From issue #2, February 1957, ‘What Wilbur Saw’ reveals the reward bestowed on a poverty-stricken country bumpkin who witnessed a modern-day miracle after which Out of This World #3 provides a cautionary tale of atomic mutation in ‘The Supermen’

The eerie cover to Out of This World #4 (June 1957) leads to a chilling encounter for two stranded sailors who briefly board the ‘Flying Dutchman’ and Strange Suspense Stories #32’s cover (May 1957) dabbles in magic art when a collector is victimised by a thief who foolishly stumbles into ‘A World of His Own’. From the same issue comes a salutary parable concerning a rich practical joker who goes too far before succumbing to ‘The Last Laugh’, after which ‘Mystery Planet’ (Strange Suspense Stories #36, March 1958) offers a dash of interplanetary derring-do as a valiant agent Bryan Bodine and his comely associate Nedra confounds an intergalactic pirate piloting a planet-eating weapon against Earth!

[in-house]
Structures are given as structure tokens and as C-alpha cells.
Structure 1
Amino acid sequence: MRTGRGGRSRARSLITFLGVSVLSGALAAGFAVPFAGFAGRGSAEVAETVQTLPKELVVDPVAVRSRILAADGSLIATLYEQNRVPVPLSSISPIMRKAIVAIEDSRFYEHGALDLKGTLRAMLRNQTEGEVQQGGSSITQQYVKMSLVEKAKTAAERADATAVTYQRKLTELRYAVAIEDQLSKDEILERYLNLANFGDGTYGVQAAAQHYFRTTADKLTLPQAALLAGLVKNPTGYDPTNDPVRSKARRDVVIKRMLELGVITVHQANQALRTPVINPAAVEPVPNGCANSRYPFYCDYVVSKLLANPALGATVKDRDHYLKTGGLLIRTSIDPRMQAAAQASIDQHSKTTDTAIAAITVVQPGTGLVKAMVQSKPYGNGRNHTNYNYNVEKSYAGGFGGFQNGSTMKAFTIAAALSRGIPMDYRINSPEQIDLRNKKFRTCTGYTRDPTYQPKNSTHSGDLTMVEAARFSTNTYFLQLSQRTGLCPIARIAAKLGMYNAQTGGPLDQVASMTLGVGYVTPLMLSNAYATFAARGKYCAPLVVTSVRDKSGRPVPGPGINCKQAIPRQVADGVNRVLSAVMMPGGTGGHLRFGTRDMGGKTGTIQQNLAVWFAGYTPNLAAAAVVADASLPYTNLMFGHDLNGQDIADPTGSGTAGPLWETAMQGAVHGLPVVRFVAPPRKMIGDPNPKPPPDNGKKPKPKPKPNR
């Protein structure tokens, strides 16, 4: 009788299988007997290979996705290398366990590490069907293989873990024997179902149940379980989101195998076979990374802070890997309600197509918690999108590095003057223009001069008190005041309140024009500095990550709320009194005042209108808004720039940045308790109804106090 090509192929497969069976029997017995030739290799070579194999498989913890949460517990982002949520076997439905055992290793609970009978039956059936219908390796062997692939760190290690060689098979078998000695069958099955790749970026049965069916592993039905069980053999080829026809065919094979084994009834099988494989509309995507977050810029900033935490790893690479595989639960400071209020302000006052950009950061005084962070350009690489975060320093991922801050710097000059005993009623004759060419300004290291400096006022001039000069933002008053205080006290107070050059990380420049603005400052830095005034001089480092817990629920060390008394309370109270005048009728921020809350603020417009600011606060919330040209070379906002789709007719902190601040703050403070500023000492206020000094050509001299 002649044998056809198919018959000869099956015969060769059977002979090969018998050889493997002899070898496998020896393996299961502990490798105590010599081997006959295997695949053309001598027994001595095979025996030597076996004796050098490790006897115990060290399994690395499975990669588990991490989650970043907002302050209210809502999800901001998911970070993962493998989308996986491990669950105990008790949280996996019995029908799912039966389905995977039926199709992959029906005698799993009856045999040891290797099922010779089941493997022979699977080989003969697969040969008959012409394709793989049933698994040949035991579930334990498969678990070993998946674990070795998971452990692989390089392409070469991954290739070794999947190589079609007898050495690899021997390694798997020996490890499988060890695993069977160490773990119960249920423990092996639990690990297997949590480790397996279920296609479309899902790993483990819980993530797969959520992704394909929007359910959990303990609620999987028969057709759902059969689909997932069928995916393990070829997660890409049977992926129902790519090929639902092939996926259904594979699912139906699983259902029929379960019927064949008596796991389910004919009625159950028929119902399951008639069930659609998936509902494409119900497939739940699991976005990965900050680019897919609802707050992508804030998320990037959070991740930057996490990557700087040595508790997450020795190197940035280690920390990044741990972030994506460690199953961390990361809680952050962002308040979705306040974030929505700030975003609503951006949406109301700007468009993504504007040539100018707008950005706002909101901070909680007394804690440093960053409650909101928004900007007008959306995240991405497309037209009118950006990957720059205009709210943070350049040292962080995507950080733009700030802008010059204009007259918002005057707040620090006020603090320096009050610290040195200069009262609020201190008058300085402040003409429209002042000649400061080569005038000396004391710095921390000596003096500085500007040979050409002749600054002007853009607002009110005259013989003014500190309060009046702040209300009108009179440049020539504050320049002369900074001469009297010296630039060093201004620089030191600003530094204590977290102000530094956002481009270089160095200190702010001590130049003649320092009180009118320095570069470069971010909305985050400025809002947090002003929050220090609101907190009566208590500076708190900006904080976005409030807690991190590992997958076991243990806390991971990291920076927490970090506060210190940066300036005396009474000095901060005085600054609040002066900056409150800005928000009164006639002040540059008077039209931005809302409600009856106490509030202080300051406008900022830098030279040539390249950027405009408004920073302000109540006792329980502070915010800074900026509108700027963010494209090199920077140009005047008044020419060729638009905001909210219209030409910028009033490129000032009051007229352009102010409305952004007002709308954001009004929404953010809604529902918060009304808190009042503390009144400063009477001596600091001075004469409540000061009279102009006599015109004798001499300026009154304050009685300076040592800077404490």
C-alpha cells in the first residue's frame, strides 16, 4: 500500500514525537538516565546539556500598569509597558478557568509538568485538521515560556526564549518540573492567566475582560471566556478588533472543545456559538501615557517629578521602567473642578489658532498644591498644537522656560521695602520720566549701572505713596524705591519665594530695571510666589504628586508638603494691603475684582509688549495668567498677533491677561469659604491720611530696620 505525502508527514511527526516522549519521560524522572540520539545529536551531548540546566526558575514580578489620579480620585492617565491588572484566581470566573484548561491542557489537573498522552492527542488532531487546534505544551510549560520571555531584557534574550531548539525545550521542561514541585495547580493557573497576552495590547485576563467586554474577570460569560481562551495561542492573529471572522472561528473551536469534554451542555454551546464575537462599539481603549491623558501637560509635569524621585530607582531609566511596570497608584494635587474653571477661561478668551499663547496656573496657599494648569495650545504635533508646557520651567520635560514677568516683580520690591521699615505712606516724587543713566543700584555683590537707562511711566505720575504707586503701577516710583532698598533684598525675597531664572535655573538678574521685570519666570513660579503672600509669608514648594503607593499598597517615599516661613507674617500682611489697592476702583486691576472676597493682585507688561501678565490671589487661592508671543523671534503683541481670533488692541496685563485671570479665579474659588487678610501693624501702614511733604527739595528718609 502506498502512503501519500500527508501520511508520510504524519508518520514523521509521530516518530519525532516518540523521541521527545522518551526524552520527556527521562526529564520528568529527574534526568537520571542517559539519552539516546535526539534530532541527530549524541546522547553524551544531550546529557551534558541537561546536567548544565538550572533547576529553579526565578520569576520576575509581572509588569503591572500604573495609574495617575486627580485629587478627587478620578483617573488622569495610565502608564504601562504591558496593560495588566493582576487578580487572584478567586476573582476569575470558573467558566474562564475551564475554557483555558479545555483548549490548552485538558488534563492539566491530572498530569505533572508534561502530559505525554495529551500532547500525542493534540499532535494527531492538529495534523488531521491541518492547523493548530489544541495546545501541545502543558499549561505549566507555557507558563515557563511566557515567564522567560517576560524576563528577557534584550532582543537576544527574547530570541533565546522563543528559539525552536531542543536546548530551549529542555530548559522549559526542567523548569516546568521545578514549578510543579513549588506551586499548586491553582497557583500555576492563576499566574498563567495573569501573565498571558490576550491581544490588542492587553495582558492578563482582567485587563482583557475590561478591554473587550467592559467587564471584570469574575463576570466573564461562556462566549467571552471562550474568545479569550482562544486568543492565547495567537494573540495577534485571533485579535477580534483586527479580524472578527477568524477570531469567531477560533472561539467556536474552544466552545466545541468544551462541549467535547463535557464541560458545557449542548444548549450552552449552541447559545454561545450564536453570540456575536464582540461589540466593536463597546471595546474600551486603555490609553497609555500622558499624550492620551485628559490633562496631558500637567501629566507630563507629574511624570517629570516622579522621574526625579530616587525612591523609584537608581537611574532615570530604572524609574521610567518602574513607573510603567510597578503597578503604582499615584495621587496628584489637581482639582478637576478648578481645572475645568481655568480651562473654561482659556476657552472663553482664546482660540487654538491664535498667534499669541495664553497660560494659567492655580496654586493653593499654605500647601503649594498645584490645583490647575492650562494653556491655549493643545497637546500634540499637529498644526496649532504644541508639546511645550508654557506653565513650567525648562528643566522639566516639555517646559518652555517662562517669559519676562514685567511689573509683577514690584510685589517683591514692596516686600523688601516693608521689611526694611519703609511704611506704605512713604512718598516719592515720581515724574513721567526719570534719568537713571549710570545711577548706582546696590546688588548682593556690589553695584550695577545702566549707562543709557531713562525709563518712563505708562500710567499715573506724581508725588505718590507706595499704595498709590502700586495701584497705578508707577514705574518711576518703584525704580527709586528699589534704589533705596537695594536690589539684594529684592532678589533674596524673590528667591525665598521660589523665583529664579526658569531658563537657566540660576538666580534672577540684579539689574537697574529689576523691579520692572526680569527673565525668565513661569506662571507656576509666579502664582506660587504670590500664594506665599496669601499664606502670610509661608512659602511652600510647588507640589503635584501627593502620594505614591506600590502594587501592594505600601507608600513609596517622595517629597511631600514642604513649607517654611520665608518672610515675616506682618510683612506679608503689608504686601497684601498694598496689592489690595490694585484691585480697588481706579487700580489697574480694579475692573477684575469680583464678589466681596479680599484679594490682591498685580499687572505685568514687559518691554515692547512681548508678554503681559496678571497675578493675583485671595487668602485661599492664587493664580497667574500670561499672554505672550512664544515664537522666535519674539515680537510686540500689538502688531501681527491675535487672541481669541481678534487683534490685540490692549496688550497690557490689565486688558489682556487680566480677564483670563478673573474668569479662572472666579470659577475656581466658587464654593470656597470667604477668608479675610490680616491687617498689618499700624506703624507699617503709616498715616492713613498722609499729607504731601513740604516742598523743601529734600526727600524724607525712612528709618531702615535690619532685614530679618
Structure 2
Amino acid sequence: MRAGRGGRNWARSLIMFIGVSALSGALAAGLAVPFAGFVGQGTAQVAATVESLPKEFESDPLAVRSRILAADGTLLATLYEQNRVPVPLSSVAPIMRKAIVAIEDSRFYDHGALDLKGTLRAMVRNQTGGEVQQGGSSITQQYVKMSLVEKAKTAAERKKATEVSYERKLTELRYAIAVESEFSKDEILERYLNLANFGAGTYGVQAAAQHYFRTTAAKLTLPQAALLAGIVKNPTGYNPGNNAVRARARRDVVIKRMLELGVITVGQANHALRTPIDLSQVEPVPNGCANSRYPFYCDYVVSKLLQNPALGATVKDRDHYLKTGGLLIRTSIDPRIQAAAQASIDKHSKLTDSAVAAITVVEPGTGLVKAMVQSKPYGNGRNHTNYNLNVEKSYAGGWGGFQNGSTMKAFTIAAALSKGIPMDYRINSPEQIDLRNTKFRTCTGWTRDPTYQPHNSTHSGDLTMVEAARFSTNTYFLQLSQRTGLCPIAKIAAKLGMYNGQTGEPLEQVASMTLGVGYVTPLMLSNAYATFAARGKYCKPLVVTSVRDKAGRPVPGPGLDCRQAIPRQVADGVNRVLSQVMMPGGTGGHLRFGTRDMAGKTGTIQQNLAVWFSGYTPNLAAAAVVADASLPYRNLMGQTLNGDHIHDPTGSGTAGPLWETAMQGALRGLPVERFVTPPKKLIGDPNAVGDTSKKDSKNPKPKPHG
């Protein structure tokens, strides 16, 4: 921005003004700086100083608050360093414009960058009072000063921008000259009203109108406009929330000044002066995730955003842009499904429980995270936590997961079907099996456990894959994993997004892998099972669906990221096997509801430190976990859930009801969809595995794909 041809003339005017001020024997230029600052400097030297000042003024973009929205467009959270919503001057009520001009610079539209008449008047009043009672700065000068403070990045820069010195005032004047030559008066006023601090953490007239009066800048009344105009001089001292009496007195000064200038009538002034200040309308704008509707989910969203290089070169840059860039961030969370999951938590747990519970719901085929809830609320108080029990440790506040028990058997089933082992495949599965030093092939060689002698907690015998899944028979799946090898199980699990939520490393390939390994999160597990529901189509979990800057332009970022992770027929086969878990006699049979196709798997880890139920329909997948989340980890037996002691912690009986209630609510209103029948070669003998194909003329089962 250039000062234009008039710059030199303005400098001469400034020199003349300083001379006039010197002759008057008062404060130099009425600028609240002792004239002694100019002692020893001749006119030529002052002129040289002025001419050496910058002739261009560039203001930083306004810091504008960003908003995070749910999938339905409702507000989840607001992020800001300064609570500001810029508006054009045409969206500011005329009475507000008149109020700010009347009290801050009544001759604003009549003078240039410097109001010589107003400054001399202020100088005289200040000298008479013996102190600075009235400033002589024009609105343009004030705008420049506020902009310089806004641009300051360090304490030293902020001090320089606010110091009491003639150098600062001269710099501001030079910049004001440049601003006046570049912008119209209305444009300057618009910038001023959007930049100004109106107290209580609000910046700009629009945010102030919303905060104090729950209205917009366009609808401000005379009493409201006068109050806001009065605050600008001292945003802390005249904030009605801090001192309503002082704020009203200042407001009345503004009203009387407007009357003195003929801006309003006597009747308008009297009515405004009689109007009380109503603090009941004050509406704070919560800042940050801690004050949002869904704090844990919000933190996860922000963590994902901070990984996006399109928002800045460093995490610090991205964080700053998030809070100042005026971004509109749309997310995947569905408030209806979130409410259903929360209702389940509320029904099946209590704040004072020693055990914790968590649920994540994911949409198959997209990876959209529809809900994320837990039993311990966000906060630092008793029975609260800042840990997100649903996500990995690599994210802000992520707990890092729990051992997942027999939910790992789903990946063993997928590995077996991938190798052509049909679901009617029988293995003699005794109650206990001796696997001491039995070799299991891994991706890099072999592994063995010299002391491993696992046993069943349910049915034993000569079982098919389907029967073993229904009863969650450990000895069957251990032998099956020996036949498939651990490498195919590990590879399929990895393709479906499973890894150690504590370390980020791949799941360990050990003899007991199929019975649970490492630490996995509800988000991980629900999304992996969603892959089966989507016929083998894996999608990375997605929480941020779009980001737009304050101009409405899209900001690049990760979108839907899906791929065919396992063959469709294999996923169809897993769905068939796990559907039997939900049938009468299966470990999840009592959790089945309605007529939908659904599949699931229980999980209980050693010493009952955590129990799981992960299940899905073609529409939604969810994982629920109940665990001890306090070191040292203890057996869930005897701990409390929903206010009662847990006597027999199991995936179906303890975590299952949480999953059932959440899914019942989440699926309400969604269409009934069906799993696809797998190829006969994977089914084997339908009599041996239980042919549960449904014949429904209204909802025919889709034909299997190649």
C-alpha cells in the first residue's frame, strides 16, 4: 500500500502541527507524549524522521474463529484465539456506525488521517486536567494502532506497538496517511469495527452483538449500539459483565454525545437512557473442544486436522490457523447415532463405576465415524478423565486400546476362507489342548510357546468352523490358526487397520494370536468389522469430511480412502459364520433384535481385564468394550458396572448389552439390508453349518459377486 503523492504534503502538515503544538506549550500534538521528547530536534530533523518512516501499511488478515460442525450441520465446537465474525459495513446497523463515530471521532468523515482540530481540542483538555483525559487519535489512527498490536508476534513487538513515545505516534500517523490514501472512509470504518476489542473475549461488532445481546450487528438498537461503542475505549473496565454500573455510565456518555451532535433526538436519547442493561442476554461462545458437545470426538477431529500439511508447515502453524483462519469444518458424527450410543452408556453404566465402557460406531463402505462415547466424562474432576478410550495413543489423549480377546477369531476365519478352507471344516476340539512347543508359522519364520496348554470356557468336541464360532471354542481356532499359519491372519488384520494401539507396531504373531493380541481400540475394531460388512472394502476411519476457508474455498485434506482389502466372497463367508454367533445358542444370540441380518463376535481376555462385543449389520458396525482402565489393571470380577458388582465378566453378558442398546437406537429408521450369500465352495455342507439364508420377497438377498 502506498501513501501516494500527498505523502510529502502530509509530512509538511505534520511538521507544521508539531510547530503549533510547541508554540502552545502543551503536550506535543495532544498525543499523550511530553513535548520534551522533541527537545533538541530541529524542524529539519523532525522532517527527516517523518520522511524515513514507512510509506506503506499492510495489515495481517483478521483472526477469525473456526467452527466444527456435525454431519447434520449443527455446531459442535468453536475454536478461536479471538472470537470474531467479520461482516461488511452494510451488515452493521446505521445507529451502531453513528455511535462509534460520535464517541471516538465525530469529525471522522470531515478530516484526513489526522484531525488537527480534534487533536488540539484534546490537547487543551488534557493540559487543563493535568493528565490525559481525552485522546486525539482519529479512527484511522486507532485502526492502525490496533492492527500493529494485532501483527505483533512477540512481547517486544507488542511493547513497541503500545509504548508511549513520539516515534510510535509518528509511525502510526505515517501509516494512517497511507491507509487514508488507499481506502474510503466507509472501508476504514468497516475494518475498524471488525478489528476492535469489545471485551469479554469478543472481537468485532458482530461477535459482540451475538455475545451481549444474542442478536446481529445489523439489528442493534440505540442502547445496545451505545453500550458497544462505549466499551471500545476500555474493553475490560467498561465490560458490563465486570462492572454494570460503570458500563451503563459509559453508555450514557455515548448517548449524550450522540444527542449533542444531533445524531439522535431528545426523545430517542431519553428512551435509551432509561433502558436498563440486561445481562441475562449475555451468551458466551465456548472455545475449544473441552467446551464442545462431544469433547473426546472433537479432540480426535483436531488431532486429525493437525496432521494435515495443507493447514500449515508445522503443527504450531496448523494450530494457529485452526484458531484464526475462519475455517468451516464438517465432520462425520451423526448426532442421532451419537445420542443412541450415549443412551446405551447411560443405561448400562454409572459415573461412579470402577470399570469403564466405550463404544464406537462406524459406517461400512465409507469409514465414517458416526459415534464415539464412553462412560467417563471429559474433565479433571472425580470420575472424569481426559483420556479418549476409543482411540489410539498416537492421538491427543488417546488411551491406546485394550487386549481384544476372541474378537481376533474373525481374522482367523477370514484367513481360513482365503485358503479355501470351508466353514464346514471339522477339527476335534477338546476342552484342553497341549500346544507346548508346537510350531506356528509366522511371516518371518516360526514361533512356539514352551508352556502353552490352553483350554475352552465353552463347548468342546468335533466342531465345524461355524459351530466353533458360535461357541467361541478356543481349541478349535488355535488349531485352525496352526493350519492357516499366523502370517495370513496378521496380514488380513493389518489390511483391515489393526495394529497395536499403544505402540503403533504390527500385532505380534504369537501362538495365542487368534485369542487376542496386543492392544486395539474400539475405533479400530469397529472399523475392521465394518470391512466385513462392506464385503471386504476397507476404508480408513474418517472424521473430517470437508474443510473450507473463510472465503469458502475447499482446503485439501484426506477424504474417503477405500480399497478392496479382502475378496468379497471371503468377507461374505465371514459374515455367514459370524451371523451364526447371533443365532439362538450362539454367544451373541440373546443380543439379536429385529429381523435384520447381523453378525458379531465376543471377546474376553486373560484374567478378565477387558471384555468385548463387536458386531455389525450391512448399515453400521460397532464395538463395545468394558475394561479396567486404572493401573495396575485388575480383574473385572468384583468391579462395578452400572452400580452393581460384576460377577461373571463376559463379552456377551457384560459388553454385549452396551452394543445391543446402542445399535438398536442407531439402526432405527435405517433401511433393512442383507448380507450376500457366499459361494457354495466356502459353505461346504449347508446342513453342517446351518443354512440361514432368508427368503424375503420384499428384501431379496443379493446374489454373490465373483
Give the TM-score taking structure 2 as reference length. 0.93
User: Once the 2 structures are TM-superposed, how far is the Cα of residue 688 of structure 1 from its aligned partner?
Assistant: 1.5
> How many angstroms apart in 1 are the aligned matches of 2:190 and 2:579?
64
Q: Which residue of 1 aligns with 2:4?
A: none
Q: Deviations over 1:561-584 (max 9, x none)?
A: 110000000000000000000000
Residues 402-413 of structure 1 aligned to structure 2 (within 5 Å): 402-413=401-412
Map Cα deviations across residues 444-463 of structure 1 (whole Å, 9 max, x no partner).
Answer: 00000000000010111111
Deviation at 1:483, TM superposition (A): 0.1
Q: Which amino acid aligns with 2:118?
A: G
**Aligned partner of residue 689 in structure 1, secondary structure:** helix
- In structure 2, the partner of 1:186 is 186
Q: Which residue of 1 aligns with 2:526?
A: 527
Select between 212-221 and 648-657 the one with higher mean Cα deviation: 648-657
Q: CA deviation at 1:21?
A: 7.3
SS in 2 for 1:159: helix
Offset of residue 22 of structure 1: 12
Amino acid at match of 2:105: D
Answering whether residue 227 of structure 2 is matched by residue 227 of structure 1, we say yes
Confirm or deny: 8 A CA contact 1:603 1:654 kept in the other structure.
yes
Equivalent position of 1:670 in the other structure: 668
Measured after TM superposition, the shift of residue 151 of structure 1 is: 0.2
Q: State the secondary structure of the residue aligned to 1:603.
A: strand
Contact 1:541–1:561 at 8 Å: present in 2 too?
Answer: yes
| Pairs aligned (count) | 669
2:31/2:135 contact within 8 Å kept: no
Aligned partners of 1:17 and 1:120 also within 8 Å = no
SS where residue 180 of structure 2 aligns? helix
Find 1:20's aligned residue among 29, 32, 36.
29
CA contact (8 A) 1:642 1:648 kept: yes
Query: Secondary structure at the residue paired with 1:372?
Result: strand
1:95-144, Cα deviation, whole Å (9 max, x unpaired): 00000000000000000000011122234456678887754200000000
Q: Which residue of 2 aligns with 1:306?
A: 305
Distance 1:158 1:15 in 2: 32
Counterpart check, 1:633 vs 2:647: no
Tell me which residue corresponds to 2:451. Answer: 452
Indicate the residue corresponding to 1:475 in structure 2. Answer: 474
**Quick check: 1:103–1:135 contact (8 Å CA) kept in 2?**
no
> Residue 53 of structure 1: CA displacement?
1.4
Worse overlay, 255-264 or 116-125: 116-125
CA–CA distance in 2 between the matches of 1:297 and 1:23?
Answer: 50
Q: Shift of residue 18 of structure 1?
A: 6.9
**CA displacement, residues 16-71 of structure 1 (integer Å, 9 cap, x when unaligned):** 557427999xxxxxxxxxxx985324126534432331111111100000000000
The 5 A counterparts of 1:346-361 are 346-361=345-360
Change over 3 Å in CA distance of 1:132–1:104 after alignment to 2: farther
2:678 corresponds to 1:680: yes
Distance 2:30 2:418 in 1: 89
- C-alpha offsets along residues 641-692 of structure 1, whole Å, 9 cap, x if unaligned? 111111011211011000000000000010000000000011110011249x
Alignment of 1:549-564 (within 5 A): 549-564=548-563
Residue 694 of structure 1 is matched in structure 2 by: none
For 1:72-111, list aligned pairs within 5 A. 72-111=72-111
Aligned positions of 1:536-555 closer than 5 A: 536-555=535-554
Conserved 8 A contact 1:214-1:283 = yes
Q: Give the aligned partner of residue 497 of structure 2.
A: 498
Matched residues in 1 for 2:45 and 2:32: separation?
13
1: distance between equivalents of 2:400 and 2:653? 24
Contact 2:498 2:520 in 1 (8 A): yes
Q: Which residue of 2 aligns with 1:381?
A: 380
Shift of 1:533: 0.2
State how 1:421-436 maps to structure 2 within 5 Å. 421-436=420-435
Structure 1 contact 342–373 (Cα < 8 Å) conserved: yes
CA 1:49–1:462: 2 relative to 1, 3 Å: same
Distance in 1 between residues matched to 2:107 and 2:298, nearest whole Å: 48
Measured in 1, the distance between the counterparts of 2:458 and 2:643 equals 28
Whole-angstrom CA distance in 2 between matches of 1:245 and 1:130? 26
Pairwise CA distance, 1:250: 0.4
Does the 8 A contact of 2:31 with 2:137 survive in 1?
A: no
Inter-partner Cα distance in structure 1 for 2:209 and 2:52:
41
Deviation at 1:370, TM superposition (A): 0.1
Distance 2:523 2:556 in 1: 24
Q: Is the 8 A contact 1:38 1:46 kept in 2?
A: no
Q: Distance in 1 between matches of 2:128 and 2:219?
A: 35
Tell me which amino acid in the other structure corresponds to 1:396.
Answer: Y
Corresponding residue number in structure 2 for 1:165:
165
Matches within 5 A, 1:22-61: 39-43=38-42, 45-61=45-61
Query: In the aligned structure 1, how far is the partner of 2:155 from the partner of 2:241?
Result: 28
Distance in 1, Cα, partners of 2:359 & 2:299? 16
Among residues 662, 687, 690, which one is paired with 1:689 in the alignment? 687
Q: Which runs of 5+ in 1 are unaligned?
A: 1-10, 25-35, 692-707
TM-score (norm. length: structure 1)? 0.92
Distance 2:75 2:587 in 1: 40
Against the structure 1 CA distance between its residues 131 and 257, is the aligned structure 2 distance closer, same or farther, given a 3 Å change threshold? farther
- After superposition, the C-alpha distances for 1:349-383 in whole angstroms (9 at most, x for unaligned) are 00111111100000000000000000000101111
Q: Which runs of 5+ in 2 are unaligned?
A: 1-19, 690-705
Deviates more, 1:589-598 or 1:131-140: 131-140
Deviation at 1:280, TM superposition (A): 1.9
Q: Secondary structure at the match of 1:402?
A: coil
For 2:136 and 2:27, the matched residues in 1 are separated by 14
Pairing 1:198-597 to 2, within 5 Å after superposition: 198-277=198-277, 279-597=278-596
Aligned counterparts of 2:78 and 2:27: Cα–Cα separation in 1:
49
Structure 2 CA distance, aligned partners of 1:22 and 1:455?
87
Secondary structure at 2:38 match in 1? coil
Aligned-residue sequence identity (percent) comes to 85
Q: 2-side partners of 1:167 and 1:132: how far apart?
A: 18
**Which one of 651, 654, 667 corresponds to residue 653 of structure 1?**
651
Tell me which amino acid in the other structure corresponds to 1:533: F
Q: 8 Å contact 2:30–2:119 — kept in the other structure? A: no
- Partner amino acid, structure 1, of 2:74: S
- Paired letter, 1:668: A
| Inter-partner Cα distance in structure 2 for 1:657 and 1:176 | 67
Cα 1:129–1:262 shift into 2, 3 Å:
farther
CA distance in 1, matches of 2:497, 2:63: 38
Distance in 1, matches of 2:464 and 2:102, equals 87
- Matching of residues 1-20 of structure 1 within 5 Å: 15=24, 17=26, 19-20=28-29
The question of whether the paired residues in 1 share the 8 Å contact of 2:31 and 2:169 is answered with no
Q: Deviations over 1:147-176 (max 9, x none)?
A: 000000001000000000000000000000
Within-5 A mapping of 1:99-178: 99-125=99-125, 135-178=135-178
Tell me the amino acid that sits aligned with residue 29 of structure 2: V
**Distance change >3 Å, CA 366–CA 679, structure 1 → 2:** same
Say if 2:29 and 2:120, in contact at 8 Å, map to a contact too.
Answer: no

A similarly bold defender then saves ‘The Conquered Earth’ from alien subjugation (Out of This World #4, June 1957) whilst in ‘Assignment Treason’ (Outer Space #18. August 1958) the clean-cut hero goes undercover to save earth from the predatory Master of Space whilst in Out of This World #8 (May 1958) ‘The Secret of Capt. X’ reveals that the inimical alien tyrant threatening humanity is not what he seems to be…

The cover to Mysteries of Unexplored Worlds #3 (April 1957) gives way to a trio of fantastic thrillers beginning with ‘The Strange Guests of Tsaurus’ as an alien paradise proves to be anything but and ‘A World Where I Was King’ sees a clumsy janitor catapulted into a wondrous realm where he wins a kingdom he doesn’t want. Diverting slightly, Fightin’ Army #20 (May 1957) provides a comedic interlude as a civil war soldier finds himself constantly indebted to ‘Gavin’s Stupid Mule’ before ‘A Forgotten World’ wraps up the MoUW #3 contributions with a scary tale of invasion from the Earth’s core…